Re: Possible system call interface for LSM

From: David Wagner (dawat_private)
Date: Sat Aug 11 2001 - 08:38:47 PDT

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    Crispin Cowan  wrote:
    >IMHO, this is The Application's Problem.  [...]
    >[...]  An application that wants to be non-brittle should
    >inspect error codes coming back from sys_lsm, looking for a return code of
    >"EWTF?" ;-) and react appropriately.
    I'm probably being paranoid, but it seems there is little the application
    can do to gain confidence that its request won't be misinterpreted.
    Who knows, some aspects of the syscall-protocol exported by both modules
    may be similar enough that you don't get a EWTF but you do get some
    action taken that the app wouldn't have approved of.
    For instance, maybe in SubDomain sys_security(SD_CHANGEHATS, s) means
    ``change to subdomain named by s, or, if s==NULL, go back to the original
    subdomain'', and maybe in SELinux sys_security(SE_SETUID, u) refers
    to an extended setuid() call, e.g., ``change all uids to u, and change
    security labels to the default one associated with u.''  Now imagine that
    an app thinks SubDomain is running and calls
    sys_security(SD_RESTOREHATS, NULL) to go back to its original subdomain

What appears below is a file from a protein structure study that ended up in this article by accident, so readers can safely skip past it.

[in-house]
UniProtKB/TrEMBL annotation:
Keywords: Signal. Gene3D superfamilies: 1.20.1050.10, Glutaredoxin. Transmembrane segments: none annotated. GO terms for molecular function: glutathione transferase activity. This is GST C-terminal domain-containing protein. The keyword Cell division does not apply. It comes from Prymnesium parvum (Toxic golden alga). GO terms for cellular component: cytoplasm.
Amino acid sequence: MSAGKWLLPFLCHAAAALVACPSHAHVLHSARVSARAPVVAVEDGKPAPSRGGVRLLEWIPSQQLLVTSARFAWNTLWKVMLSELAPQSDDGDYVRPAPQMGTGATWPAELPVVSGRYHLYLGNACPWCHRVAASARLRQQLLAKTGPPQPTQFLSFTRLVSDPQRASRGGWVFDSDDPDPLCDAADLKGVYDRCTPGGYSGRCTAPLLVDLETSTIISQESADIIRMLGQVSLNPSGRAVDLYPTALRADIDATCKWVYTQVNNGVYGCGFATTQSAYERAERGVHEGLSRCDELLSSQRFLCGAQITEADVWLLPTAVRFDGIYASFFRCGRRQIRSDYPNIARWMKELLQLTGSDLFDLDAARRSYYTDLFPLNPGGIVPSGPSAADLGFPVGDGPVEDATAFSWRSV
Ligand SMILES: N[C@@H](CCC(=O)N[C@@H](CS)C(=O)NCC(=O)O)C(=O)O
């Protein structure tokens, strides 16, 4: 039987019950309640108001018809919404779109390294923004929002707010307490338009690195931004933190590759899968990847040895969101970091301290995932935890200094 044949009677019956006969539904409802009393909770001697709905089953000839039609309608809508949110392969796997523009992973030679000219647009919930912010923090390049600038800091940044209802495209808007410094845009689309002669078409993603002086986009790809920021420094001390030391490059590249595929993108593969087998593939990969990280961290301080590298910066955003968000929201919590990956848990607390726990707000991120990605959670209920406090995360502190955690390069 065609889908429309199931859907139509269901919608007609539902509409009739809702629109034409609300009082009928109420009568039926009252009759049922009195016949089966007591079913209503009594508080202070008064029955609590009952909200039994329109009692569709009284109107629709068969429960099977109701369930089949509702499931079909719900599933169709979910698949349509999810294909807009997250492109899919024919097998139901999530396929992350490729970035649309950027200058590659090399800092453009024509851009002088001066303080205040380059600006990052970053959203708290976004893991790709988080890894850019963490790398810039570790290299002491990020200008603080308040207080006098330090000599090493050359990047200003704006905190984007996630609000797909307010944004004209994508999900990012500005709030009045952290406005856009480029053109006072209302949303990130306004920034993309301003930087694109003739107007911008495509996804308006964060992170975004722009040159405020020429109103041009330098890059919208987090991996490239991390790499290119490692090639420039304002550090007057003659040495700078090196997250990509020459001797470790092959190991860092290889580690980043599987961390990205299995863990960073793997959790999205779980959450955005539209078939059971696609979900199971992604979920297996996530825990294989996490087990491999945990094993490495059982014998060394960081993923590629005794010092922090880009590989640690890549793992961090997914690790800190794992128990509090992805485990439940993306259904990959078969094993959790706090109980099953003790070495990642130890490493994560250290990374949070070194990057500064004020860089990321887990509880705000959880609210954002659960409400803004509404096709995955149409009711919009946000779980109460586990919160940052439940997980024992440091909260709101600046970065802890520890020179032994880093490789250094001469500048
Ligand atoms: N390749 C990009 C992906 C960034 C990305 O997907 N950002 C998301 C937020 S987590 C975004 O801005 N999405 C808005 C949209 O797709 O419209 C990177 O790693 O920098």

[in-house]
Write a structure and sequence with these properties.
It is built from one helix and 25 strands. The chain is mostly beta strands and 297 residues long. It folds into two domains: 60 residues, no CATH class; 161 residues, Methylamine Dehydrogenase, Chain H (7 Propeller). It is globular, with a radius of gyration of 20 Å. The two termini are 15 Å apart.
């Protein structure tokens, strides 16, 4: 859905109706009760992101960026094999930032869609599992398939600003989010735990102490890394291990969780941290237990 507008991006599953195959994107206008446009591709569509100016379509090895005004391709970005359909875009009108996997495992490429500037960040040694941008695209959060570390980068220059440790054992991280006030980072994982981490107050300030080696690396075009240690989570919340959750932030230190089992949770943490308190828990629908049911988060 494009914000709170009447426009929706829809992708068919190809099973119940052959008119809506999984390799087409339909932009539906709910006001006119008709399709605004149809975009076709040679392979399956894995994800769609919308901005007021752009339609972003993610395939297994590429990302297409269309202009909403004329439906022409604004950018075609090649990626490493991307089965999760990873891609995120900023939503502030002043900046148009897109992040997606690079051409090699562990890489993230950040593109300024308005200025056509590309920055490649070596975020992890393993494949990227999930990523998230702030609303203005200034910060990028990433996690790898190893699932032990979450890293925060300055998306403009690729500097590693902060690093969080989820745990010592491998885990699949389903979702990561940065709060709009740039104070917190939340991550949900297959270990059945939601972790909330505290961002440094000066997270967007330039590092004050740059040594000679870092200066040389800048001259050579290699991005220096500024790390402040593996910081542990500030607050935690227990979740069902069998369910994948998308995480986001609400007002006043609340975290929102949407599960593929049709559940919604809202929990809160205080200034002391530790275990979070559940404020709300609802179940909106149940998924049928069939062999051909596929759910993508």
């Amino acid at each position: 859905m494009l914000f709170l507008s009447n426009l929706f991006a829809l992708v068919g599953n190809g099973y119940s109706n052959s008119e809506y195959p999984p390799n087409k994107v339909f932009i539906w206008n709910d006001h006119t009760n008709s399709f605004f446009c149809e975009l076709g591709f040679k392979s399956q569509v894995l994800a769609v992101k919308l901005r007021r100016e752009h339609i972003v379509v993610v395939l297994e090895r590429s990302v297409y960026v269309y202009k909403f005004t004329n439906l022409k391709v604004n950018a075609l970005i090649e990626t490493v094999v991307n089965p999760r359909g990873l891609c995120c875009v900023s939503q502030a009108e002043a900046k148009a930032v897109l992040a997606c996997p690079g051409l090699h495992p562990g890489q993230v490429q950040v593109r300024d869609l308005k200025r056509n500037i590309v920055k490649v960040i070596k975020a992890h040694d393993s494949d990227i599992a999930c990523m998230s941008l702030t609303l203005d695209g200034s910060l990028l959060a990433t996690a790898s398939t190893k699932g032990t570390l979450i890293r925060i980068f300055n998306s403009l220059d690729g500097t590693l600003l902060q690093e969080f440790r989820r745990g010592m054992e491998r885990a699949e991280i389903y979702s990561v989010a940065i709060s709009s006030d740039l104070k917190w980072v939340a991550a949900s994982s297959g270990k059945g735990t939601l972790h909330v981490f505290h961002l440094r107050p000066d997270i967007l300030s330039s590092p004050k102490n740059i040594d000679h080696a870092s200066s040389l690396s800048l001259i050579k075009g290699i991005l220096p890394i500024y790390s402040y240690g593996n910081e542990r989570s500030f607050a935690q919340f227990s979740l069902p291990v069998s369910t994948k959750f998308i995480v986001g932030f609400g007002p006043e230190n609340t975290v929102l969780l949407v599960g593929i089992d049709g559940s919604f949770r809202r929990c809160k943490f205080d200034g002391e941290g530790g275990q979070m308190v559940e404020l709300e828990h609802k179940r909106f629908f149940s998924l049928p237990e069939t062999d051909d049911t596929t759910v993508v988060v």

context.  If actually SubDomain has been removed and SELinux put in its
    place, and if SD_RESTOREHATS == SE_SETUID (remember, each module is
    managing its own namespace, so they might both be #define'd to 1 or
    something), we have trouble: SELinux will interpret this as a setuid(0)
    and change all uid's to root, which might create an inadvertent security
    hole (maybe we had an app running with saved uid 0 that didn't expect
    to be running with euid 0, and now this can be exploited, like in the
    wuftpd tractorbeaming attack).  Maybe this example is far-fetched, but
    I don't see what an app can do to reliably avoid this failure mode.
    The easies solution, IMHO, is not a callback, but rather to be more
    explicit in the syscall interface: for the app to pass along with each
    syscall a token that uniquely identifies which module's protocol it
    expected would be used for interpreting that syscall.  I'm not sure
    whether this problem is significant enough to justify such a fix, but
    it's not hard to fix if it seems troublesome.
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